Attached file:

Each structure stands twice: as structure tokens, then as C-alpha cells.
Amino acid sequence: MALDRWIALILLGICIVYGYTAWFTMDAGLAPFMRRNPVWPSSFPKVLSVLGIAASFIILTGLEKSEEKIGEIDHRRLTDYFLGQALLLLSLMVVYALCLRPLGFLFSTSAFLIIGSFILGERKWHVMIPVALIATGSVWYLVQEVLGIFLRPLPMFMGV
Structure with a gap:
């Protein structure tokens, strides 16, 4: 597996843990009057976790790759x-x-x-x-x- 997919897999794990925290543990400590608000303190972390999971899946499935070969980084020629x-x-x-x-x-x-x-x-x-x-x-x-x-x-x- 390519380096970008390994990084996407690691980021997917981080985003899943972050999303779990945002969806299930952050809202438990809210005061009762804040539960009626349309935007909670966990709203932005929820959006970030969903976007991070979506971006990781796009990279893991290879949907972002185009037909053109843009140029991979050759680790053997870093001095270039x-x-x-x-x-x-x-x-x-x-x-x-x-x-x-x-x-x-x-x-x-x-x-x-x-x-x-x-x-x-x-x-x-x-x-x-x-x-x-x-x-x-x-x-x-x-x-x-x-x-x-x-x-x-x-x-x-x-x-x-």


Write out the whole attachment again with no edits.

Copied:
Each structure stands twice: as structure tokens, then as C-alpha cells.
Amino acid sequence: MALDRWIALILLGICIVYGYTAWFTMDAGLAPFMRRNPVWPSSFPKVLSVLGIAASFIILTGLEKSEEKIGEIDHRRLTDYFLGQALLLLSLMVVYALCLRPLGFLFSTSAFLIIGSFILGERKWHVMIPVALIATGSVWYLVQEVLGIFLRPLPMFMGV
Structure with a gap:
């Protein structure tokens, strides 16, 4: 597996843990009057976790790759x-x-x-x-x- 997919897999794990925290543990400590608000303190972390999971899946499935070969980084020629x-x-x-x-x-x-x-x-x-x-x-x-x-x-x- 390519380096970008390994990084996407690691980021997917981080985003899943972050999303779990945002969806299930952050809202438990809210005061009762804040539960009626349309935007909670966990709203932005929820959006970030969903976007991070979506971006990781796009990279893991290879949907972002185009037909053109843009140029991979050759680790053997870093001095270039x-x-x-x-x-x-x-x-x-x-x-x-x-x-x-x-x-x-x-x-x-x-x-x-x-x-x-x-x-x-x-x-x-x-x-x-x-x-x-x-x-x-x-x-x-x-x-x-x-x-x-x-x-x-x-x-x-x-x-x-």